Saturday, June 11th, 2011
Guest Contributor: Michael Dallas Miller
There is a noise from the balcony. It is soft at first, but it gains confidence and it starts to get louder as the intermission music bounces off the bright-colored walls.
“Daaaady. Goooo daddy!”
As the concert-goers drink their beer from plastic cups, they look around for the source of the sound and see a small child, a bull-cut boy, leaning over the balcony railing, trying to get noticed by the tall man on stage who is tuning his guitar.
The music starts to fade and the squeaky voice from the balcony gets louder. Redwood Son’s biological son does not understand the subtle gesture of a finger against a mouth. Shhhhhhhh, the man tries to say.
Josh Malm, lead singer and songwriter for the Portland collaboration known as Redwood Son, stands in the center of the Aladdin Theater stage and addresses the crowd and his son at the same time. Instruments–electric organs, cellos, a funk bass, a violin, a short drum set, a glockenspiel–begin to be plugged in behind him.
“I’m going to play one song and then little guy up there needs to go bed. It is way past his bedtime.” Malm says this with a slight drawl that doesn’t appear to be native to anywhere. “It is a song about being a kid and staying up way past your bedtime. Malm plays “Good to be a Kid” with precise guitar playing, focusing on a bouncy rhythm that suits his Anglo-Soul vocals. And while little Malm is taken from the balcony and to somewhere to fall asleep, the rest in the Aladdin Theater of Northeast Portland help celebrate the release of Redwood Son’s new double-disc, The Lion’s Inside.
It is difficult to say if Josh Malm is indecisive or simply a lover of all things. It is most likely the latter. The parts that make up this show scream “folk-rock snooze fest,” but the actualization of all those instruments – that funked-up bass and the haggard young man playing it, the soulful accompaniment of the lovely ladies, the fiddle player with her denim skirt and high black boots – all combine to make something that is beyond any easy classification. Malm tries calling it country-funk, and soft-rock-abilly. But songs like “Early Bird” with its ZZ Top riff-happy grind, and “Take For Granted” which sounds like a college jam-band tune, and “To Someone Else,” a near-blues ode to doing good things for other people, move so effortlessly between genres and at the same time transcend them.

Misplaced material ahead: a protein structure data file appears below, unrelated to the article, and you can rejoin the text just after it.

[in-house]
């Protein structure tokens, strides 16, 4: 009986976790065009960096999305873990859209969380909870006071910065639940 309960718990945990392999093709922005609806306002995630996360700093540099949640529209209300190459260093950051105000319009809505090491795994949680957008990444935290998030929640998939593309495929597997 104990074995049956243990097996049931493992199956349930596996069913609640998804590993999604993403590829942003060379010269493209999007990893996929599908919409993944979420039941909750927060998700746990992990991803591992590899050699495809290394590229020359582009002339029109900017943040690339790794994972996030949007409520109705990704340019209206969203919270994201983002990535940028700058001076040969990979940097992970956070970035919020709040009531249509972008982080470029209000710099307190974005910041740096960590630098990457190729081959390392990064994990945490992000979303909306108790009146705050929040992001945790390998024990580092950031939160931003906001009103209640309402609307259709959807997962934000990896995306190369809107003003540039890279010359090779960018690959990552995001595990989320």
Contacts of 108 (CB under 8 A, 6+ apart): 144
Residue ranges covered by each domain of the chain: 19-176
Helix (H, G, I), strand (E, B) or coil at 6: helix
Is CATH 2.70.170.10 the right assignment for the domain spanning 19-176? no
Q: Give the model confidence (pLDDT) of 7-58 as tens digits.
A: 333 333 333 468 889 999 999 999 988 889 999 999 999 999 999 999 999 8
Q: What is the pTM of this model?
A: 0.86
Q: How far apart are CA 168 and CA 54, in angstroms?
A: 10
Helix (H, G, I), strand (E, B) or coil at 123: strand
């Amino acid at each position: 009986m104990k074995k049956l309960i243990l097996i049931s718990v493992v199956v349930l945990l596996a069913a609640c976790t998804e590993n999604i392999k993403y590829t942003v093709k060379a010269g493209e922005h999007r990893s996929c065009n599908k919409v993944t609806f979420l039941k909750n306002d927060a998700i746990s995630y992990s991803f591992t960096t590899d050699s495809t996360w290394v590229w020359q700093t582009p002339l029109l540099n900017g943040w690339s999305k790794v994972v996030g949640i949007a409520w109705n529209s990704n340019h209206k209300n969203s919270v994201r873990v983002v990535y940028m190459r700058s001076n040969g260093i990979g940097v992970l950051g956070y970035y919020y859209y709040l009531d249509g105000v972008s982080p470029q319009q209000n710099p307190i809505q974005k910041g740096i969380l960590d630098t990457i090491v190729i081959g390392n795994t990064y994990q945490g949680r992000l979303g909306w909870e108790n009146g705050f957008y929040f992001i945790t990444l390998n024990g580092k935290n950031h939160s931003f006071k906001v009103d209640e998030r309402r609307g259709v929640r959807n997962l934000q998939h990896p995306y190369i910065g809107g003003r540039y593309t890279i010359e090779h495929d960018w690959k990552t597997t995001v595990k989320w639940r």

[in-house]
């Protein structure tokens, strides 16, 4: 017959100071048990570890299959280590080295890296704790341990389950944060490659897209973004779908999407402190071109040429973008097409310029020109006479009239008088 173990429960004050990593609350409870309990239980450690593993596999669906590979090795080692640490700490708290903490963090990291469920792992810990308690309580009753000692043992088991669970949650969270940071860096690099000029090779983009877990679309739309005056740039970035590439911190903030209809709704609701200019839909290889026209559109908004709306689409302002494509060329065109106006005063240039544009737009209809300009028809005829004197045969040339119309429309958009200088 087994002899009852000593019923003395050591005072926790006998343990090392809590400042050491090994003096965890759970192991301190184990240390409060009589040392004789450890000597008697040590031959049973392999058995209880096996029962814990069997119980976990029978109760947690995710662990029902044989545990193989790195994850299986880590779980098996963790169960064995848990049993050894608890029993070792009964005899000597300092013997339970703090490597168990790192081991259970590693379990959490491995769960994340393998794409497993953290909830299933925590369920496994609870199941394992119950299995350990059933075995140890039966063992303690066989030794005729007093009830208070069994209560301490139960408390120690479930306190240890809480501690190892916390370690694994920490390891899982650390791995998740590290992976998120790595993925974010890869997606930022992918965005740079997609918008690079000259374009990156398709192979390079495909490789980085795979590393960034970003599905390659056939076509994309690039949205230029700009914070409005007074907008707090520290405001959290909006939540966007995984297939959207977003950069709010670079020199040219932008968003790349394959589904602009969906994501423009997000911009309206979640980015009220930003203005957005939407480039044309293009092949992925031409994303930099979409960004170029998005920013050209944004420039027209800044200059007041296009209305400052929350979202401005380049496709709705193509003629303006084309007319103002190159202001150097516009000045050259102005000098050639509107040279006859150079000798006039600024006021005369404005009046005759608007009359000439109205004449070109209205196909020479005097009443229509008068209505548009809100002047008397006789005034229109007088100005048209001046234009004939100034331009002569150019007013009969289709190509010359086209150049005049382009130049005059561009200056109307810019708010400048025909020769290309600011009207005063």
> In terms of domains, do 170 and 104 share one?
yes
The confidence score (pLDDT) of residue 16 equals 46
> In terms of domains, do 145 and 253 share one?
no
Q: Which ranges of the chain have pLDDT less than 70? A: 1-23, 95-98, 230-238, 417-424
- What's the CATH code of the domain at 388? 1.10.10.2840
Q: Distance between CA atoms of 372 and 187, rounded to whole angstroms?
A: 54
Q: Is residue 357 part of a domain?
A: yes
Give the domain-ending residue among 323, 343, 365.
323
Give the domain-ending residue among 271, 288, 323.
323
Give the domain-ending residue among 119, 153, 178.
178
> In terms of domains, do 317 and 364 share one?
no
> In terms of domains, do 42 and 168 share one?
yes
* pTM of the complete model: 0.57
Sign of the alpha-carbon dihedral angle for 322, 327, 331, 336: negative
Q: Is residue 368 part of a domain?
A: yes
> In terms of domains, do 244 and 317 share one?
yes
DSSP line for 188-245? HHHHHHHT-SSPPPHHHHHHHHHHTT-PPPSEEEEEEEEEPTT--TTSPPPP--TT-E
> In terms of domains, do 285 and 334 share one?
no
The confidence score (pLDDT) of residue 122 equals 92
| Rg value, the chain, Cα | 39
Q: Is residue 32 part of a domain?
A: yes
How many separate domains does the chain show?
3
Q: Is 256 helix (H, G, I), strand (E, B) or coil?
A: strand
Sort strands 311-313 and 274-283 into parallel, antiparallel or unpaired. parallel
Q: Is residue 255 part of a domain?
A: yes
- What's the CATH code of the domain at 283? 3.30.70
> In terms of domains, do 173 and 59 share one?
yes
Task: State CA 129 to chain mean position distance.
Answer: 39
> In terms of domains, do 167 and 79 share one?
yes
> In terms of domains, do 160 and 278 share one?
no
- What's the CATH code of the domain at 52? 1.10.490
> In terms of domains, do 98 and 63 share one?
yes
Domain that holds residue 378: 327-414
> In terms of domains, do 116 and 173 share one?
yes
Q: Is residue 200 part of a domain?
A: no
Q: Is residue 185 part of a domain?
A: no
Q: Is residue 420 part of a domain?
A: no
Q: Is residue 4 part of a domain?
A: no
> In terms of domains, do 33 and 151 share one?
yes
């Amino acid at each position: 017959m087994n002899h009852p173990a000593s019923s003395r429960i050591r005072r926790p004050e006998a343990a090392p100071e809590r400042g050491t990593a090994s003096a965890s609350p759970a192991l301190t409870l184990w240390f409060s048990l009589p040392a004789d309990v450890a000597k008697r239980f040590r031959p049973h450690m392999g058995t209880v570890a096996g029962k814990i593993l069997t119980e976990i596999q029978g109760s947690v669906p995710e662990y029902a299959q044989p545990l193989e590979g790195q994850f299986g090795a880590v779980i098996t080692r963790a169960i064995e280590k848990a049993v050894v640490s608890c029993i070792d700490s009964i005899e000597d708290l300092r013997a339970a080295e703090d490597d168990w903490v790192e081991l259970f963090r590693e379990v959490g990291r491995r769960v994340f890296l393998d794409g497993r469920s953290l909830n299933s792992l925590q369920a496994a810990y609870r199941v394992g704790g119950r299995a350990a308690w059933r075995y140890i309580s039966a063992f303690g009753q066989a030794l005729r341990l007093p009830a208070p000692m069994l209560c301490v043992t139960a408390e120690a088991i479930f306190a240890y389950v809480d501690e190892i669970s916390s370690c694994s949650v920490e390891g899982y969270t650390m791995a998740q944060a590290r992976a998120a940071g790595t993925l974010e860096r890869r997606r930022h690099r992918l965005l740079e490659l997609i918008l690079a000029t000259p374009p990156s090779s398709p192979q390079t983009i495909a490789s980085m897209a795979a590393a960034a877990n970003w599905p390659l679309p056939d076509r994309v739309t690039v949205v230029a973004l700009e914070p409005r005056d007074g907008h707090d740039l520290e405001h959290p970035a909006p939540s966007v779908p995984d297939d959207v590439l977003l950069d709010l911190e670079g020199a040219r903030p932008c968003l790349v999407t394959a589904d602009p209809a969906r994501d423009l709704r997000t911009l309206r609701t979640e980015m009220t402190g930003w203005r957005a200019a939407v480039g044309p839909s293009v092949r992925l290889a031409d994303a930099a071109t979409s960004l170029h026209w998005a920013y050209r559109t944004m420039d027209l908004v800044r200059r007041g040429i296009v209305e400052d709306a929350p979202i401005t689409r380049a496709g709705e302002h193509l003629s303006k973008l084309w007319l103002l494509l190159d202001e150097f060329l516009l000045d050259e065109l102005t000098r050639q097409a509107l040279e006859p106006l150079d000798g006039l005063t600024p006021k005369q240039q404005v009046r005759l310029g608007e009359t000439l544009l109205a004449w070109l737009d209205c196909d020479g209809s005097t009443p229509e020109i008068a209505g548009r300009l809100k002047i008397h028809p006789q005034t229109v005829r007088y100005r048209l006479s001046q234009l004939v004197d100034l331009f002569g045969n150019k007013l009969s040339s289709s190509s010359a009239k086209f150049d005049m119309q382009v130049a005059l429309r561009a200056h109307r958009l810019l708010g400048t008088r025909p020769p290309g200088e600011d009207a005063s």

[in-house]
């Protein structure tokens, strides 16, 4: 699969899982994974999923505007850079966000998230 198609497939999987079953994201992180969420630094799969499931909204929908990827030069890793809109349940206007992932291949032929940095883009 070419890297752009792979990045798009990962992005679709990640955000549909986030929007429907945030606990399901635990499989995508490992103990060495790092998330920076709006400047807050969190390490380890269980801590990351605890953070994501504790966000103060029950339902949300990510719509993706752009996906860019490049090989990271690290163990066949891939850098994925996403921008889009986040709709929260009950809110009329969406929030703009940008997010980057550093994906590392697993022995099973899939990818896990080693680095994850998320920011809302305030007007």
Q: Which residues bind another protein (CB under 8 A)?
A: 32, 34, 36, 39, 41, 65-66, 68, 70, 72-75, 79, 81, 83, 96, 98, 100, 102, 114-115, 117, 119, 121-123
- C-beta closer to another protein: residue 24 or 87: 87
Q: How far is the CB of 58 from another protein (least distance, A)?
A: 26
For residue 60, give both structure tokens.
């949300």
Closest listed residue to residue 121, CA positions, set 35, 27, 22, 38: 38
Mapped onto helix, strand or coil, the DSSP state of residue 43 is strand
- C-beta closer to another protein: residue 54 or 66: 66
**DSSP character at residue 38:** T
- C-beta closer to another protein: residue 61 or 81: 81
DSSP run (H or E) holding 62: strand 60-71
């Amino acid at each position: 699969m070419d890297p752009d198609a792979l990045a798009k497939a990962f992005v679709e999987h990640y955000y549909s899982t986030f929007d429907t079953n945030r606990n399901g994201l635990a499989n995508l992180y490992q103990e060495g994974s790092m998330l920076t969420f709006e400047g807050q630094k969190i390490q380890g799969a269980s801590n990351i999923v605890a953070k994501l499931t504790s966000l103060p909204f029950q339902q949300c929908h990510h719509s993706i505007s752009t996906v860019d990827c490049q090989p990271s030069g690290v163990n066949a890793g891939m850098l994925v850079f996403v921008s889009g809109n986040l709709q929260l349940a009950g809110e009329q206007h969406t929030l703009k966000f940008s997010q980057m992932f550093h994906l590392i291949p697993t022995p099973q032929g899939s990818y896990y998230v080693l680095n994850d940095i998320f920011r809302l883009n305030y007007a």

Redwood Son doesn’t just play roots music, or funk music, or Americana, or some Northwest invention that comes out of adding unnecessary instruments. More than anything else, Redwood Son plays fun music. They have fun playing it. Their fans have fun hearing it. That is the connection. And that connection, that Great Vibration, is greater than possible disruption.
For instance: after the second-to-last number by country singer and intensely sweaty Jordan Harris, a small group of thirty-something finds seats in the front two rows. There are two couples and one fifth wheel. These are people are not interested in hearing music. They make it obvious from the first time one of the high-hipped women starts yelling inane comments as loud as she can to the man right next to her. And no matter how loud these people get, no matter how many times they are warned by security to quiet down, no matter how times they all decide to dance and leave the odd man out to sit by himself, the show goes on with a special kind of groove, a particular brand of positive energy, a funky groove of countrified soul.
At the end of the show, Malm still thanks the distracting crowd of Unawares for coming out to the show. And he gives them a free copy of The Lion’s Inside.
Go, daddy. Go.